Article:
Submission to the Government of South Australia Review of the Residential Parks Act 2007

June 2016

COTA SA appreciates the opportunity to provide this submission to the Attorney-General's Department on its review of the Residential Parks Act 2007.

The Residential Parks Act is overdue for examination and reform. One of the key recommendations from the COTA SA State Budget 2016/17 submission was:

That the SA Government proceed as a matter of urgency with its proposed review of the Residential Parks Act 2007, and that the review includes a wide consultation process including COTA SA and the SA Residential Parks Residents Association (SARPRA).

This is a particular area of interest for COTA SA given the growing significance of residential park environments to older people looking for low cost, secure housing options.

The paucity affordable housing choices has increased the popularity of residential parks for people who are nearing or in retirement. The demand for affordable housing for older people is predicted to increase dramatically as the proportion of the population aged over 65 increases - from 14% in 2011 to 20% in 2036 (Shelter SA).

In a housing market that is largely unaffordable to South Australians living on a low income, and especially for single people, the residential parks model appears to offer a way to own your own home at a capital cost that is much less than private ownership. With more people than ever entering retirement either with substantial mortgages or not owning a home at all, the parks model appears very attractive.

When the model works well, residents report a high level of satisfaction which is enhanced by their sense of community and security. However, the proliferation of residential parks has highlighted gaps in the protections offered to residents. Although residential park living is largely targeted to the over 50s demographic, insufficient protections mean that for a number of reasons it does not always provide a secure environment in which to age.

Some of the issues for older people living in residential parks have commonality with those people who live in other forms of rental accommodation:

  • Insecurity of tenure (strongly linked to risk of homelessness)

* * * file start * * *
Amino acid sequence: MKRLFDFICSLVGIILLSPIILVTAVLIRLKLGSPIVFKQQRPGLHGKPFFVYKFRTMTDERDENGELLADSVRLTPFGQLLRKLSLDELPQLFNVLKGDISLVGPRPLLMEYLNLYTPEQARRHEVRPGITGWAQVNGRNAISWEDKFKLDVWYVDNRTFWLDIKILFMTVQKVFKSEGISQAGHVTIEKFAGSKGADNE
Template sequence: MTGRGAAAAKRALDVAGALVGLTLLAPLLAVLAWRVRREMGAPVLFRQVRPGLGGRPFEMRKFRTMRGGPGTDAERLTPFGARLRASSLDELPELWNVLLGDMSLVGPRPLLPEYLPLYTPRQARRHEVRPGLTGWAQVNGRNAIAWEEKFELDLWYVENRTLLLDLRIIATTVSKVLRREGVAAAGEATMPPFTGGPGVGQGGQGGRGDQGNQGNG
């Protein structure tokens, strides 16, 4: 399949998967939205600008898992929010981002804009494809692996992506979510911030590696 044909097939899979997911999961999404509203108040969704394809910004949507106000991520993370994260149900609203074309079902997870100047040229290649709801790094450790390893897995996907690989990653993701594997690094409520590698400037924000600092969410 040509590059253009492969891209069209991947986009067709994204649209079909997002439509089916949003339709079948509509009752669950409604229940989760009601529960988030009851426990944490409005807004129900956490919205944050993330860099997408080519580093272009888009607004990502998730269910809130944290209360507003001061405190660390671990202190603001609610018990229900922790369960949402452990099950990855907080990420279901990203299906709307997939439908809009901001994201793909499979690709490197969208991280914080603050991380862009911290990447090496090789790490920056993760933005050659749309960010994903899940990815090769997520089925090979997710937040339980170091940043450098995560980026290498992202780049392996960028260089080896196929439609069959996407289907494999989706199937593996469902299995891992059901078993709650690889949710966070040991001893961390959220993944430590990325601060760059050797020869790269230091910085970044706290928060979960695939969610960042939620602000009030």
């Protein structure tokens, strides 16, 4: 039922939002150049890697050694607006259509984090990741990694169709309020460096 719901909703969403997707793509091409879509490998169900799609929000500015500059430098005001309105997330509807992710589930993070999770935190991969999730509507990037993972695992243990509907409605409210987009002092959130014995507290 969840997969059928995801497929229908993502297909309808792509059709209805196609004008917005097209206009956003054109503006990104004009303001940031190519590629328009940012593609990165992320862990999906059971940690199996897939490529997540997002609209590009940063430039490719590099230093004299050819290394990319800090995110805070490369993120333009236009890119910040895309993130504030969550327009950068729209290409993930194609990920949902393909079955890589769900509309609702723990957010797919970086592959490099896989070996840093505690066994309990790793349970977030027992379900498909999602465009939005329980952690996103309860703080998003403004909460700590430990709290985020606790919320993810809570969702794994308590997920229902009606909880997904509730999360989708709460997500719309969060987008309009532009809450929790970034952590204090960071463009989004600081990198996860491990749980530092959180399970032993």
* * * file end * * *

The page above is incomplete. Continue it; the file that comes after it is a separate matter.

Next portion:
• Level and frequency of rent increases
  • Lack of other affordable options in the area
  • Insufficient notice to vacate
  • No financial support to relocate
  • Lack of physical accessibility or opportunity to make modifications

But Residential Parks also throw up some additional challenges:

  • Limited legislative framework to safeguard resident rights
  • Embedded networks (where park owners on-sell electricity to residents)
  • Location (where the park is in an area poorly serviced by public transport or away from social supports)
  • Inability to relocate (some homes in parks are not transportable)
  • Logistical difficulties and expense involved in moving a house
  • Availability of alternative sites in the same area
  • Special terms and conditions which apply only to people who live in residential parks
  • In the case of embedded networks, no discretion to use solar to defray energy costs (discount goes to the park owner)
  • Insufficient information provided to potential residents about the risks of not owning their house site.

Marketing of residential parks targets people over 50 as an "affordable lifestyle choice" for their retirement. The success of this promotion means that the demographic of parks residents tends to be older. As noted in the government's discussion paper, residents often enter a park on the assumption that they will remain there for a long time.

For the cohort of people who have invested in their homes within a residential park and seen it as a secure long term accommodation option to take them into older age, the prospect of literally having to "move house" has acute logistical, financial, physical and social ramifications. As we age, our capacity to manage critical life events becomes more challenging. COTA SA considers it is imperative that protections for residents are improved and they are fully informed of the pitfalls before entering into arrangements which may not offer the permanency they expect.

As noted in the discussion paper, the Residential Parks Act 2007 seeks to cover a range of residential arrangements within a park from casual occupancy to short term and long term. Our submission will specifically address issues arising from long term residency arrangements for older people within the parks model, focusing on people who provide their own building and lease the land it sits on.

Download the full submission